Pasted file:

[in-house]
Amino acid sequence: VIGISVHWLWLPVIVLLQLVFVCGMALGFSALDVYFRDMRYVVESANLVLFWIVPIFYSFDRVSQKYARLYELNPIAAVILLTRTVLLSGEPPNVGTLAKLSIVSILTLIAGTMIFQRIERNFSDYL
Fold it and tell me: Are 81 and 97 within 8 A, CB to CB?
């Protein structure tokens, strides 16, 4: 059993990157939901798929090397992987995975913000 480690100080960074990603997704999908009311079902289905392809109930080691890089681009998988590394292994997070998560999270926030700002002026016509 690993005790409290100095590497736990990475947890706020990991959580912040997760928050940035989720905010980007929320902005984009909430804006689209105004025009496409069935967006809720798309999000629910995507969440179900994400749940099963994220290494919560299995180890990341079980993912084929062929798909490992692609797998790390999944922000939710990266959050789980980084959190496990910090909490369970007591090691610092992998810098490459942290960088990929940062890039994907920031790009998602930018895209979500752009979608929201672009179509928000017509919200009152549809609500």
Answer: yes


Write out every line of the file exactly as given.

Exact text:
[in-house]
Amino acid sequence: VIGISVHWLWLPVIVLLQLVFVCGMALGFSALDVYFRDMRYVVESANLVLFWIVPIFYSFDRVSQKYARLYELNPIAAVILLTRTVLLSGEPPNVGTLAKLSIVSILTLIAGTMIFQRIERNFSDYL
Fold it and tell me: Are 81 and 97 within 8 A, CB to CB?
């Protein structure tokens, strides 16, 4: 059993990157939901798929090397992987995975913000 480690100080960074990603997704999908009311079902289905392809109930080691890089681009998988590394292994997070998560999270926030700002002026016509 690993005790409290100095590497736990990475947890706020990991959580912040997760928050940035989720905010980007929320902005984009909430804006689209105004025009496409069935967006809720798309999000629910995507969440179900994400749940099963994220290494919560299995180890990341079980993912084929062929798909490992692609797998790390999944922000939710990266959050789980980084959190496990910090909490369970007591090691610092992998810098490459942290960088990929940062890039994907920031790009998602930018895209979500752009979608929201672009179509928000017509919200009152549809609500």
Answer: yes